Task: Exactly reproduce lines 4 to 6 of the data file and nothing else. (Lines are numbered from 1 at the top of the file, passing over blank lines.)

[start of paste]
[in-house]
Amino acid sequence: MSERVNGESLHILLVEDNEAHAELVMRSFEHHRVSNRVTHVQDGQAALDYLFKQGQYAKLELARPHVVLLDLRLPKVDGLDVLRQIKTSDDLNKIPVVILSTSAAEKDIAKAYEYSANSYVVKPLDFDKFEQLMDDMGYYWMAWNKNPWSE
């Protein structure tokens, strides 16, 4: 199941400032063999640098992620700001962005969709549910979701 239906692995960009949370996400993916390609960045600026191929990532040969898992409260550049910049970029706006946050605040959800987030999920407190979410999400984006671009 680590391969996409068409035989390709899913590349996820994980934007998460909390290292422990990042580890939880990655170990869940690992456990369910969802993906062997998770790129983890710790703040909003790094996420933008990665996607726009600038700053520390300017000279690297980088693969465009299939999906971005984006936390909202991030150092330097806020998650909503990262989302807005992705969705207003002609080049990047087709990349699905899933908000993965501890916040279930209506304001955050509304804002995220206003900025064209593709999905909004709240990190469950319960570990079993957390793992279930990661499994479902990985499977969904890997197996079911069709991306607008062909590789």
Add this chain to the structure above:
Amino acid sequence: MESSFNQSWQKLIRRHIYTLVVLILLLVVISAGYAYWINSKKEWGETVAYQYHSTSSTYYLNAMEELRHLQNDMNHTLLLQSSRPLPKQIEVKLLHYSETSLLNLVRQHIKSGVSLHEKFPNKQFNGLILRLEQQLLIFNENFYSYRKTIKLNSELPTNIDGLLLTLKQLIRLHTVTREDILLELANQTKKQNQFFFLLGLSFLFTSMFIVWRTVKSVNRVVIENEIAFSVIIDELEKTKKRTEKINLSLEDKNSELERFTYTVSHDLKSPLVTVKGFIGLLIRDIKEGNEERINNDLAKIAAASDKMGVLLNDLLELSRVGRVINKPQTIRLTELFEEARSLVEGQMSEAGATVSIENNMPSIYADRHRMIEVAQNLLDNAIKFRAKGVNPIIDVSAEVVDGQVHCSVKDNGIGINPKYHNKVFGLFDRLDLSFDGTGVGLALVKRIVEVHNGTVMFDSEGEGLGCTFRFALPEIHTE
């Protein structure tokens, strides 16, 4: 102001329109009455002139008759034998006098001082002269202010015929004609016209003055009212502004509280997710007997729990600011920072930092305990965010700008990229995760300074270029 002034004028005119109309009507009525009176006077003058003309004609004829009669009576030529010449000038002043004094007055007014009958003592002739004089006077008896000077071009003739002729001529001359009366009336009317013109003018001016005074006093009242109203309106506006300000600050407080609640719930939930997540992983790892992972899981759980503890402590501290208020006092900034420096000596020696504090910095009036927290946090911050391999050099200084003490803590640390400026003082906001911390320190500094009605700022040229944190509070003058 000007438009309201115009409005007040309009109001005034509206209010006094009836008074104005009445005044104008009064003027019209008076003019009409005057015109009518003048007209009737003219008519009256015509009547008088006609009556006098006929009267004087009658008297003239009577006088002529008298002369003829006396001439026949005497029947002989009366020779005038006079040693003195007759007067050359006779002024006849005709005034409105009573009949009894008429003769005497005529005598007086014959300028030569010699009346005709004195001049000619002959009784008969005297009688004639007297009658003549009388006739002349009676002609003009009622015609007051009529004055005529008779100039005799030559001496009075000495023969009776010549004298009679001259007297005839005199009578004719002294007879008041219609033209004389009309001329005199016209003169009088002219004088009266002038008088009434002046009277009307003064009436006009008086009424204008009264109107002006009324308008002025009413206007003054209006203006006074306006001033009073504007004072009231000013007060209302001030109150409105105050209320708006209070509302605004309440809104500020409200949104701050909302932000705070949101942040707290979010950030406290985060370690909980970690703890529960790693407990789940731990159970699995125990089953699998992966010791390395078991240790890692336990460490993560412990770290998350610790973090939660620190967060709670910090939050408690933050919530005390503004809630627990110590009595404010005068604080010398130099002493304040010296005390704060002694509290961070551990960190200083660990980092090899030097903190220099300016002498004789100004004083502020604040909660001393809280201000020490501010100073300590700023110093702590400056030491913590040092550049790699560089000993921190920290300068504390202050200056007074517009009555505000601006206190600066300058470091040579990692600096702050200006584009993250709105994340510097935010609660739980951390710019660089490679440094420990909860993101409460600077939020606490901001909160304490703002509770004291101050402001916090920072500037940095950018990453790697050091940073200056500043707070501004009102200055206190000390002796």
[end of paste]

Add this chain to the structure above:
Amino acid sequence: MESSFNQSWQKLIRRHIYTLVVLILLLVVISAGYAYWINSKKEWGETVAYQYHSTSSTYYLNAMEELRHLQNDMNHTLLLQSSRPLPKQIEVKLLHYSETSLLNLVRQHIKSGVSLHEKFPNKQFNGLILRLEQQLLIFNENFYSYRKTIKLNSELPTNIDGLLLTLKQLIRLHTVTREDILLELANQTKKQNQFFFLLGLSFLFTSMFIVWRTVKSVNRVVIENEIAFSVIIDELEKTKKRTEKINLSLEDKNSELERFTYTVSHDLKSPLVTVKGFIGLLIRDIKEGNEERINNDLAKIAAASDKMGVLLNDLLELSRVGRVINKPQTIRLTELFEEARSLVEGQMSEAGATVSIENNMPSIYADRHRMIEVAQNLLDNAIKFRAKGVNPIIDVSAEVVDGQVHCSVKDNGIGINPKYHNKVFGLFDRLDLSFDGTGVGLALVKRIVEVHNGTVMFDSEGEGLGCTFRFALPEIHTE
């Protein structure tokens, strides 16, 4: 102001329109009455002139008759034998006098001082002269202010015929004609016209003055009212502004509280997710007997729990600011920072930092305990965010700008990229995760300074270029 002034004028005119109309009507009525009176006077003058003309004609004829009669009576030529010449000038002043004094007055007014009958003592002739004089006077008896000077071009003739002729001529001359009366009336009317013109003018001016005074006093009242109203309106506006300000600050407080609640719930939930997540992983790892992972899981759980503890402590501290208020006092900034420096000596020696504090910095009036927290946090911050391999050099200084003490803590640390400026003082906001911390320190500094009605700022040229944190509070003058 000007438009309201115009409005007040309009109001005034509206209010006094009836008074104005009445005044104008009064003027019209008076003019009409005057015109009518003048007209009737003219008519009256015509009547008088006609009556006098006929009267004087009658008297003239009577006088002529008298002369003829006396001439026949005497029947002989009366020779005038006079040693003195007759007067050359006779002024006849005709005034409105009573009949009894008429003769005497005529005598007086014959300028030569010699009346005709004195001049000619002959009784008969005297009688004639007297009658003549009388006739002349009676002609003009009622015609007051009529004055005529008779100039005799030559001496009075000495023969009776010549004298009679001259007297005839005199009578004719002294007879008041219609033209004389009309001329005199016209003169009088002219004088009266002038008088009434002046009277009307003064009436006009008086009424204008009264109107002006009324308008002025009413206007003054209006203006006074306006001033009073504007004072009231000013007060209302001030109150409105105050209320708006209070509302605004309440809104500020409200949104701050909302932000705070949101942040707290979010950030406290985060370690909980970690703890529960790693407990789940731990159970699995125990089953699998992966010791390395078991240790890692336990460490993560412990770290998350610790973090939660620190967060709670910090939050408690933050919530005390503004809630627990110590009595404010005068604080010398130099002493304040010296005390704060002694509290961070551990960190200083660990980092090899030097903190220099300016002498004789100004004083502020604040909660001393809280201000020490501010100073300590700023110093702590400056030491913590040092550049790699560089000993921190920290300068504390202050200056007074517009009555505000601006206190600066300058470091040579990692600096702050200006584009993250709105994340510097935010609660739980951390710019660089490679440094420990909860993101409460600077939020606490901001909160304490703002509770004291101050402001916090920072500037940095950018990453790697050091940073200056500043707070501004009102200055206190000390002796």